Setting up Traefik on AWS using a Network Load Balancer

I've recently been looking at various Kubernetes ingress controllers, and have taken a bit of a shine to Traefik. This is a quick guide to installing the Traefik controller on an existing Kubernetes cluster running inside AWS, and using the AWS Network Load Balancer to terminate SSL.

Installing Traefik

We're going to use the Helm chart to install Traefik on our existing K8s cluster. In my case, the cluster has been provisioned using kops, and is additionally using the SpotInst controller to ensure the entire cluster is running on AWS Spot instances to reduce the cost.

The most important part of the Helm deployment to allow us to use the NLB is to configure the values.yaml file correctly - you can see my configuration file below:

replicas: 1

  enabled: true

  enabled: false

  enabled: true
     # admin: password
      admin: '$apr1$xd1kpMTs$qFcsWe0VjLuTSJB3MihOV0' ☠️☠️☠️

  annotations: nlb arn:aws:acm:eu-west-1:123456789012:certificate/abcdef12-3456-7890-abcd-ef1234567890 "443"

externalTrafficPolicy: Local

  enabled: true
  enforced: true
  upstream: true

This configuration file enables the Dashboard with a stupidly insecure username/password pair, and configures the Service with the correct annotations to use SSL termination at the ELB layer. You will need to ensure you have an ACM certificate already provisioned for your domain(s) - I use a wildcard certificate, i.e. * to cover all services.

You could also use the built-in ACME/LetsEncrypt support in Traefik, but as all my services live under a single domain, and I'm using Amazon Web Services, I prefer to use the also “free” Amazon provided and managed certificates. This method also means you don't need persistent storage or a central KV store to be maintained, and Traefik can remain a ‘stateless’ application.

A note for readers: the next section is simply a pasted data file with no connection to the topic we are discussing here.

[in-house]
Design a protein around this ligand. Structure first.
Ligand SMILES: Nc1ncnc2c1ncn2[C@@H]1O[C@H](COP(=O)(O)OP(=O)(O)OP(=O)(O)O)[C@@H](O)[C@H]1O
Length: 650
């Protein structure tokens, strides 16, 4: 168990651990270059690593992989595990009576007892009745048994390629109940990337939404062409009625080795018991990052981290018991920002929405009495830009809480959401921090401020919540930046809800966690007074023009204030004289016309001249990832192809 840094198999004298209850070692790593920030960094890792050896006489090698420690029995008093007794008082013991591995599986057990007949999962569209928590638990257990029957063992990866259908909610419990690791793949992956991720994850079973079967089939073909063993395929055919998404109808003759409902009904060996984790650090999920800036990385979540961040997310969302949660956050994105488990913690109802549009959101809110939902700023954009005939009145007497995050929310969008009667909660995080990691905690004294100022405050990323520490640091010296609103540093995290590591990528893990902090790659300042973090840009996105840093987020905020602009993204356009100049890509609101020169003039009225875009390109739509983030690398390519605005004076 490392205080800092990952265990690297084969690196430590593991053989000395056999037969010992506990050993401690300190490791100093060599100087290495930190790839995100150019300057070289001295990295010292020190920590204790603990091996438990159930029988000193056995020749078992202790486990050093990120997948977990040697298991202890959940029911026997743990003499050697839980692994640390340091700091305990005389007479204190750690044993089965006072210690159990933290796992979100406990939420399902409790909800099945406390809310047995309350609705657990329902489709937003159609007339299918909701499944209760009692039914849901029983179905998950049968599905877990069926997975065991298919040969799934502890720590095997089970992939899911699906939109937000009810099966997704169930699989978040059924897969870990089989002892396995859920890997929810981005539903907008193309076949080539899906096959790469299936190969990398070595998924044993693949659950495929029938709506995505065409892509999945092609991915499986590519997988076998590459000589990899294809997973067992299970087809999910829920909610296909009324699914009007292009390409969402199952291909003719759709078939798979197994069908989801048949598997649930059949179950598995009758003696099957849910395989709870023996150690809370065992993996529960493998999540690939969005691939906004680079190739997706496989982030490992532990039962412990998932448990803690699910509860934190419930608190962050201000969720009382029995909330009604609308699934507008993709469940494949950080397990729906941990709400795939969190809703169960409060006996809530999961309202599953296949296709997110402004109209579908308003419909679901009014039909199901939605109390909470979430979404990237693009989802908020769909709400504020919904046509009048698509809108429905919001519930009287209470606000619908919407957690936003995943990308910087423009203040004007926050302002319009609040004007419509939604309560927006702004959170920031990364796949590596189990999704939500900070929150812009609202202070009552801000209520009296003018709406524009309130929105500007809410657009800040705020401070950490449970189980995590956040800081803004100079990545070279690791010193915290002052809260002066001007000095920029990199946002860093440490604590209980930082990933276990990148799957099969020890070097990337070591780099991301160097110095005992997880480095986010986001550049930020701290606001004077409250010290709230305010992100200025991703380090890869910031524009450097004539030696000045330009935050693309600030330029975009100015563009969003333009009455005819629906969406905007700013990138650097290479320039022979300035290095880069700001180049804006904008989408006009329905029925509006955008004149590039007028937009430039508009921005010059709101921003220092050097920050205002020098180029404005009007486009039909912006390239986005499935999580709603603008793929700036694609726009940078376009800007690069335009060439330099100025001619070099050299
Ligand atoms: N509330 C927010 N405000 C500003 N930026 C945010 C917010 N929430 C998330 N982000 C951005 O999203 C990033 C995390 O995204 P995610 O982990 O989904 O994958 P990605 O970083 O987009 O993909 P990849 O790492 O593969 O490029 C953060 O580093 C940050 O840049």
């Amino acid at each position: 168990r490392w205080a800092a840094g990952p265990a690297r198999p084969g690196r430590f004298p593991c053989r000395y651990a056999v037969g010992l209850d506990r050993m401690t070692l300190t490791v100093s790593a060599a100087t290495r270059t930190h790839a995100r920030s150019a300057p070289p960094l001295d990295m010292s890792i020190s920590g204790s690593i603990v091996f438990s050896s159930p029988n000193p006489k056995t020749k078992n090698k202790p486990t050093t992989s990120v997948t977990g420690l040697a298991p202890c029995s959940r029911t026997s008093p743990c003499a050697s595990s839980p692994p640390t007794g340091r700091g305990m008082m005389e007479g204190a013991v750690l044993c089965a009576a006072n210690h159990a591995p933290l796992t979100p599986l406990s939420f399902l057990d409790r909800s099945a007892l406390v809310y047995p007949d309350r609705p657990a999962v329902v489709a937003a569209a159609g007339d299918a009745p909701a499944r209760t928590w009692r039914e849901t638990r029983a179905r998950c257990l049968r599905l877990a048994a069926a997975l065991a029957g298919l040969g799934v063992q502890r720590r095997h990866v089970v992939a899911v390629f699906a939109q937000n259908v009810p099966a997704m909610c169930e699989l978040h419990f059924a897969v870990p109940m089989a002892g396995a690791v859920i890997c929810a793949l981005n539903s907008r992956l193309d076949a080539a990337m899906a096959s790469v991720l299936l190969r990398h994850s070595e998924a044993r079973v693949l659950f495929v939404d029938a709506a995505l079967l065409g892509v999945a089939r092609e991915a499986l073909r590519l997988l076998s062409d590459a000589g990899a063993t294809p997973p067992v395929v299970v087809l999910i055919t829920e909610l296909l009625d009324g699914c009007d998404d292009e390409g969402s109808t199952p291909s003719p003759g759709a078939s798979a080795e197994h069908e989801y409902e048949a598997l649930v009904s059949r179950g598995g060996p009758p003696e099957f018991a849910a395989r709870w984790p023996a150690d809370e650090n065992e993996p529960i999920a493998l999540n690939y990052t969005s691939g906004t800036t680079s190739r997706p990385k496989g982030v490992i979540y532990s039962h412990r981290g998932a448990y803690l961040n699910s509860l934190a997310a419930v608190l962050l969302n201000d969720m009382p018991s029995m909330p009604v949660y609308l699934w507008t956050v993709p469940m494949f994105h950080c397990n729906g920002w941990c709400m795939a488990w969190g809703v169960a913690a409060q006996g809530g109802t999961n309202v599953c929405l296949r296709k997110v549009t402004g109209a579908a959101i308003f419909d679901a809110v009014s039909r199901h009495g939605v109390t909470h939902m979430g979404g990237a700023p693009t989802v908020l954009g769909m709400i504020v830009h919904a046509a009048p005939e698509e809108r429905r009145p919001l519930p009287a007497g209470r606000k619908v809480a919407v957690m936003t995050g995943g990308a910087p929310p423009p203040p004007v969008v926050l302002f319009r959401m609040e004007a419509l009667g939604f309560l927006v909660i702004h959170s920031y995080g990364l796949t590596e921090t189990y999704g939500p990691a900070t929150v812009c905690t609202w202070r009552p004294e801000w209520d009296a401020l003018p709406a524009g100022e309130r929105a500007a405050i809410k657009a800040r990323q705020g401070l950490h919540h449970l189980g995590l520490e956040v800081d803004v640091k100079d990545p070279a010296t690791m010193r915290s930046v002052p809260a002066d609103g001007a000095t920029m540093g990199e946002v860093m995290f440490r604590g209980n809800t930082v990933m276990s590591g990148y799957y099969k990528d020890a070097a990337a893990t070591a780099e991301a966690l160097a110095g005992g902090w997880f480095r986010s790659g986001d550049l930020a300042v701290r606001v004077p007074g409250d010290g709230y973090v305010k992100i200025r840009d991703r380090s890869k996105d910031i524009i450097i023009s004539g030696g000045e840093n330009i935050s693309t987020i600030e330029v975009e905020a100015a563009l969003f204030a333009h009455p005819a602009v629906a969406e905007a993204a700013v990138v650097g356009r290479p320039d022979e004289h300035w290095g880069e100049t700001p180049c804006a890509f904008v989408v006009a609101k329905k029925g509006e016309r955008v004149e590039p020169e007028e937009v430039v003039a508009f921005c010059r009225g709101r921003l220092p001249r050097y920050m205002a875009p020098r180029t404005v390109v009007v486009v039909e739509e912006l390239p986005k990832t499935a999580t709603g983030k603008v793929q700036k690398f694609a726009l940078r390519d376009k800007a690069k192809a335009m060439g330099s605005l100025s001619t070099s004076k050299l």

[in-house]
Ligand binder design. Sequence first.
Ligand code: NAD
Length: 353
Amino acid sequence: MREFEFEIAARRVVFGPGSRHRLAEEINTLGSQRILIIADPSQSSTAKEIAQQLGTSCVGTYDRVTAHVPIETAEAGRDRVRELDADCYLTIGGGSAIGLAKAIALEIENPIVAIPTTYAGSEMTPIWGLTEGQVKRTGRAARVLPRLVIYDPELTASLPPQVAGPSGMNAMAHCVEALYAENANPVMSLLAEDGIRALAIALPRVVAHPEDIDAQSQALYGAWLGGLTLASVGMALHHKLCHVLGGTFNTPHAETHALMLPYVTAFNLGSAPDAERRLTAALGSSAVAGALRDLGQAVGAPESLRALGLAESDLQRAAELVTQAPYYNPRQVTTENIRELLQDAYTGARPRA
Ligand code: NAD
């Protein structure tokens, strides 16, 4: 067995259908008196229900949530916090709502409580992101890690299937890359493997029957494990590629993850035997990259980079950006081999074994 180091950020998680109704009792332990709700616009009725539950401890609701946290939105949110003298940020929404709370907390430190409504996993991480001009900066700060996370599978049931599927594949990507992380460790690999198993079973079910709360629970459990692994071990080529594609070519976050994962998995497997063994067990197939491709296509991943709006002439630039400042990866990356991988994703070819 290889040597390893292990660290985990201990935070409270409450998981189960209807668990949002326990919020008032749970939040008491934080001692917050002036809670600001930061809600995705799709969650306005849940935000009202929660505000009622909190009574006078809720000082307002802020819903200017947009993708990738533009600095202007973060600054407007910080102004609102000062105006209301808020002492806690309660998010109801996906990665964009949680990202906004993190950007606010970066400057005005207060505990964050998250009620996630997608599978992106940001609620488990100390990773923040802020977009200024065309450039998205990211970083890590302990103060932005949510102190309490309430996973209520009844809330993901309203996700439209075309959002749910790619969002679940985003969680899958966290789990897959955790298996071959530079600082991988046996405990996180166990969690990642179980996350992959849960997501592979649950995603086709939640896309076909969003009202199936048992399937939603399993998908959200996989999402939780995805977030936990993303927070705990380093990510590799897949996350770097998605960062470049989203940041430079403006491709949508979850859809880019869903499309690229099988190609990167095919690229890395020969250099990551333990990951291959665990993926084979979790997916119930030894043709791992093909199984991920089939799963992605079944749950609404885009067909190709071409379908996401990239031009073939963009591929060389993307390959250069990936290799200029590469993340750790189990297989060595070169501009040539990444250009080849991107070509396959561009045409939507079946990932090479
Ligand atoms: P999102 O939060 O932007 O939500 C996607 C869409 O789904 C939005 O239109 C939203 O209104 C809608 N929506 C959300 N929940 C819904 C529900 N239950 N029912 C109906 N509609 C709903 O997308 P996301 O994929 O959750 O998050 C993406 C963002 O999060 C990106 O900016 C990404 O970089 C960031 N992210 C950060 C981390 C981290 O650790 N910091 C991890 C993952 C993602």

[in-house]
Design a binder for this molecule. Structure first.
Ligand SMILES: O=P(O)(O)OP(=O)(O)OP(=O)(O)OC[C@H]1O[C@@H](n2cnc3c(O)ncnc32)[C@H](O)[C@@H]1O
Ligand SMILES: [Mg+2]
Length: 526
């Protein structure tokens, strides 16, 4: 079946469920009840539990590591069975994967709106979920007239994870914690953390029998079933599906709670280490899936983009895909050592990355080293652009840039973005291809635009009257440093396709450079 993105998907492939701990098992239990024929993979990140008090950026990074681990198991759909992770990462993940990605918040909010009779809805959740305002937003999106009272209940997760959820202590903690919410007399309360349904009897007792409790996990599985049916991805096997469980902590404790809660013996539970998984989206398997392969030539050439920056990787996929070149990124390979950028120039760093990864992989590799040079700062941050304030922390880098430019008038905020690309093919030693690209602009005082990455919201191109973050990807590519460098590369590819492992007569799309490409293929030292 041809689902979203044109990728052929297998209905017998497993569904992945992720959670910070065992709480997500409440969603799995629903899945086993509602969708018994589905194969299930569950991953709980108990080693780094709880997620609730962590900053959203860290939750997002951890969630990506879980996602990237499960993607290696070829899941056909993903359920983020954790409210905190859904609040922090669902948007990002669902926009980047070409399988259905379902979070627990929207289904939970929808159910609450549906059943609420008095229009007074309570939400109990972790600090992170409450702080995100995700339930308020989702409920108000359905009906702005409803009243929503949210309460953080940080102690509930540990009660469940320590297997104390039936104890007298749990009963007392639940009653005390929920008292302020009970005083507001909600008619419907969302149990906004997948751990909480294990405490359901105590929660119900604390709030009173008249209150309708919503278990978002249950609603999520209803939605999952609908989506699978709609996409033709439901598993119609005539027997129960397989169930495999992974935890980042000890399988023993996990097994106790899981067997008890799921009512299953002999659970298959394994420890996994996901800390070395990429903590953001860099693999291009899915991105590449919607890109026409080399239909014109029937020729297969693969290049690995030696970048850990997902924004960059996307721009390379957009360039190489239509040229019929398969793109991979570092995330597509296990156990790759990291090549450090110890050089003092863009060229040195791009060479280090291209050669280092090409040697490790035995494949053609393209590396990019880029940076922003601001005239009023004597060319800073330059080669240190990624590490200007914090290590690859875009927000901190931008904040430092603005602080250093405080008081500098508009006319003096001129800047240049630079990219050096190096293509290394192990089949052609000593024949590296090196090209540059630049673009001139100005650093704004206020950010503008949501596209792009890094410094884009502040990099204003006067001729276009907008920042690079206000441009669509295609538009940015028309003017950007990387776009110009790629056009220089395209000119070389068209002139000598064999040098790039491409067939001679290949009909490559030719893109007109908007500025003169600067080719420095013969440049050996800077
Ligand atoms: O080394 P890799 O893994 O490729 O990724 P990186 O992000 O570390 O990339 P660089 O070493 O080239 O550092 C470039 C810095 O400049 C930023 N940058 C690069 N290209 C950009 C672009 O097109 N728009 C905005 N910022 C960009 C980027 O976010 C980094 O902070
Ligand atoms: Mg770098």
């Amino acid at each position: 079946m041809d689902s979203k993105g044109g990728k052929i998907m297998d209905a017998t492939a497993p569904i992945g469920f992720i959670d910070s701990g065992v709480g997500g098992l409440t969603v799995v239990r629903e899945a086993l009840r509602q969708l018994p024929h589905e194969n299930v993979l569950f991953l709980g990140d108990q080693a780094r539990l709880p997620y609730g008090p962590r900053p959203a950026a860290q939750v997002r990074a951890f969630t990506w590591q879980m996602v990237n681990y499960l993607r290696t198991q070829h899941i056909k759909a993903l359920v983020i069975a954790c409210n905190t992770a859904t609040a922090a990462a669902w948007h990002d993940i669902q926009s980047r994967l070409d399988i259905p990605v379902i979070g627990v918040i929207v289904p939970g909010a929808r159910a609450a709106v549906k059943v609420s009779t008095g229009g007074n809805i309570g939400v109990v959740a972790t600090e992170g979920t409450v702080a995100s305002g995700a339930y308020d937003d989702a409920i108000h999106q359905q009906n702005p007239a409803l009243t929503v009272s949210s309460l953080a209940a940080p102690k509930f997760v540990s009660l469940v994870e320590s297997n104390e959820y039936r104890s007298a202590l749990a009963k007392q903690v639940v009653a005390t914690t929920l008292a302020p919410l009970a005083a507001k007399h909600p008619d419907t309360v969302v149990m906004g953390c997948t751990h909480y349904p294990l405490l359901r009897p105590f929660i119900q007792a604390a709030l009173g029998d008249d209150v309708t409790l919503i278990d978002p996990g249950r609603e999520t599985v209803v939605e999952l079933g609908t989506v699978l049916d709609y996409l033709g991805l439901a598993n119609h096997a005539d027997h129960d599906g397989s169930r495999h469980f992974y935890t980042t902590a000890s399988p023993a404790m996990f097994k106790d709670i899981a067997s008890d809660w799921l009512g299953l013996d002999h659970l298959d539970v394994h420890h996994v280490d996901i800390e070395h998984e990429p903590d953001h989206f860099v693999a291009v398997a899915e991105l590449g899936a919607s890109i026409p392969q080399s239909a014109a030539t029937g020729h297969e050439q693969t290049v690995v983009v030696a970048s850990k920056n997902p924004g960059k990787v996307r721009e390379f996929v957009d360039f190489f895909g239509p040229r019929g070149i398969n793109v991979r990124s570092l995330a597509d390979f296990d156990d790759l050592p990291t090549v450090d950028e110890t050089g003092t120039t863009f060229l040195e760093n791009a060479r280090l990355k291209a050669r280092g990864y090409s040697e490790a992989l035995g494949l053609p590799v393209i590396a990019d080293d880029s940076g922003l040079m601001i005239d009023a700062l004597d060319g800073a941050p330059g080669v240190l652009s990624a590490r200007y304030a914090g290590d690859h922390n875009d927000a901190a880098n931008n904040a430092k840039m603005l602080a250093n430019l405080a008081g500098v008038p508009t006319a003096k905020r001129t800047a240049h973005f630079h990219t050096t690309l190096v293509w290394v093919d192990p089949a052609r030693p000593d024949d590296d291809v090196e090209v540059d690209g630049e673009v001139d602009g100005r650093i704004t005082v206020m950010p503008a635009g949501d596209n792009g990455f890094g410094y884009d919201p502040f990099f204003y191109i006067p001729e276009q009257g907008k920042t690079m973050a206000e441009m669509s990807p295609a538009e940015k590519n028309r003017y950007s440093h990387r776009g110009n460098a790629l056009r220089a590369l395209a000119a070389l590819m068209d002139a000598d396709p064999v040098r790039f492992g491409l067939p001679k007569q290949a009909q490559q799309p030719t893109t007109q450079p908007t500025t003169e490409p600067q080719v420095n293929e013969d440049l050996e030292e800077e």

We tell Traefik that we have SSL enabled, and we want to redirect all visitors to the HTTPS (Secure) version of our sites, but also that we're terminating SSL outside of Traefik's visibility (i.e. at the NLB).

Also note that we must set externalTrafficPolicy: Local (rather than Cluster) to preserve the inbound source IP addresses. Failing to set this will mean you have a working setup, but all your client connections will originate from IP ranges of your K8s cluster, making logging/IP whitelisting/authentication challenging.

Save this file to ‘traefik.yaml’ and you're ready to deploy the Helm chart:

$ helm install traefik --namespace kube-system stable/traefik --values traefik.yaml

Once done, check Traefik is running, and obtain the Load Balancer address:

$ kubectl -n kube-system get pods -l app=traefik
NAME                       READY   STATUS    RESTARTS   AGE
traefik-6947d6699c-lchgf   1/1     Running   0          13h

$ kubectl get svc traefik --namespace kube-system
NAME      TYPE           CLUSTER-IP     EXTERNAL-IP                                                                     PORT(S)                      AGE
traefik   LoadBalancer   443:30379/TCP,80:32689/TCP   13h

All we now need to do, is setup our DNS records to point to the Load Balancer address. This is easily done with an ALIAS record in Route53. If you're feeling adventurous, you can also use the Kubernetes external-dns project to automatically provision DNS records as the Ingress resources are created. There's even a Helm Chart for it!

One more thing… 👵

The version of Traefik in the stable Helm chart is 1.7.x, this is the “legacy” version of Traefik. There's been quite a number of changes in v2, but due to the complexity of the change there's not a production-ready Helm chart available yet.